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The Heart of the Hollow World

Written on July 6, 2014 at 12:08 am, by Doug Lefler


I’m back to posting weekly webcomics…sorta. They’re actually Scrollon episoidics (we can’t call them webcomics because scrollons are not comics, and these installments are not only available online but also on the Scrollon app for iOS). Check it out if you’re curious about my recent work.  The Heart of the Hollow World is a story I’ve wanted to do since I was 15 years old; about time I got aound to it.

I’ll be at Comic-Con  again this year.  If you’re there stop by the Scrollon booth (1221 \ 1223) .

Happy Halloween 2013

Written on October 31, 2013 at 3:34 pm, by Doug Lefler


Comic-Con 2013

Written on July 15, 2013 at 3:02 pm, by Doug Lefler


Avalon from Nephilim

I will be at Comic-Con this year, promoting Scrollon in booth 1221/1223. The first update for the Scrollon app for iPad is now available on the App Store.


What’s new in version 1.1

– Improved Sign Up experience when creating a Scrollon account
– Full support for Retina Display
– Guest reviewer accounts
– Orientation lock
– Improved offline storage of your session
– Localized currency on Purchase buttons
– Bug fixes and optimized UI for enhanced app performance


An Overdue Tribute to Ray Bradbury

Written on May 6, 2013 at 3:00 am, by Doug Lefler


Ray Bradbury 1920 – 2012

It was 1973 when I first heard Ray Bradbury speak. I was an impressionable young teenager living in Santa Barbara, California when he came to lecture at our public library. The next day I returned to the library, looked him up in Who’s Who and got the address to his office. I wrote him a letter, and embellished it with a drawing of a triceratops rendered in ball point pen. To my delight, the author replied that he loved my drawing and pinned my letter to his bulletin board. By virtue of persistent correspondence (I must have been more determined in those days), he agreed to meet me at a restaurant in the Miracle Mile district of Wilshire Blvd.  We discussed his short story “Boys! Raise Giant Mushrooms in Your Cellar!” (which I had just read) and ordered Portobello Mushroom sandwiches to compliment the conversation.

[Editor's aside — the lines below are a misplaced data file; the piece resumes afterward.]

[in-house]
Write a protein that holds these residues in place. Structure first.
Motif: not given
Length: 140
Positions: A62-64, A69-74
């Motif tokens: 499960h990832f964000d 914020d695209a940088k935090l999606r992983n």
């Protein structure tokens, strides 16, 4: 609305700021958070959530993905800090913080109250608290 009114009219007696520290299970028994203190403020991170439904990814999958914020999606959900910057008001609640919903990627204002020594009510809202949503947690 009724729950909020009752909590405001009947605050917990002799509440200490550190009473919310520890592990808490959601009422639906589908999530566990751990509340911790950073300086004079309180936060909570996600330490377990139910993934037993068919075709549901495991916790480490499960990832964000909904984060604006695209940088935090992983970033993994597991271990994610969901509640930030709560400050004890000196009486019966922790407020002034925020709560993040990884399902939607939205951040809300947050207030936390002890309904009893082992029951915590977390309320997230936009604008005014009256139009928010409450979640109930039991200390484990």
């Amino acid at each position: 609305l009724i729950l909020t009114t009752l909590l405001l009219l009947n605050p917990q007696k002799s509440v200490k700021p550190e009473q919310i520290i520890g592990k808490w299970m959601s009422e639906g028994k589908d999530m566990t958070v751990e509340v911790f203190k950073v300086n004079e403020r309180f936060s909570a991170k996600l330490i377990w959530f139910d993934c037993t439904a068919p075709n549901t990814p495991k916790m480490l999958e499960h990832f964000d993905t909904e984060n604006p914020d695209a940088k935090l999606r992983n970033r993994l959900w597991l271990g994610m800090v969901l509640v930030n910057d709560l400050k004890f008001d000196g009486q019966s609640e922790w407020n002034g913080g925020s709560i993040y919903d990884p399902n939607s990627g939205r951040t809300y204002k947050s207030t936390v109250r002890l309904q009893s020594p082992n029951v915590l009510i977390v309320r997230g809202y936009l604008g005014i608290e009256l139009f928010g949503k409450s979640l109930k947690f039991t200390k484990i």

Years later, fresh out of art school, I got a summer job working at W.E.D. Enterprises (now Disney Imagineering) as an apprentice sculptor to the talented and gracious Blaine Gibson.  At lunch on my first day I was standing alone in the line at the commissary when I saw Ray Bradbury ahead of me. He was consulting on a future-themed attraction for Disney World, Florida. I approached him and asked if he remembered me.

“Of course,” he exclaimed. “You’re the kid who sent me the drawing of the triceratops. I still have that on my office wall.”

During that summer we had lunch together every few weeks. Sometimes we were joined by Gordon Cooper, one of the seven original astronauts in Project Mercury (also there as consultant). When this happened I mostly kept quiet, content to listen while those two told stories. Cooper would talk enthusiastically about UFOs. Bradbury expressed the opinion that the individual most responsible for the USA putting a man on the Moon was Edgar Rice Burroughs. “The best way to prepare for the future,” he said, “is to read science fiction.”

Over a decade later I ran into Bradbury again, this time in the lobby of the Ahmanson Theater. He didn’t remember the three months we worked at the same company, but he did remember that I was the kid who drew the triceratops.

As a young man I had many wonderful instructors and role models, but when I was drawing Seven Extraordinary Things, and needed someone as the inspiration for the protagonist’s mentor, there was only one choice.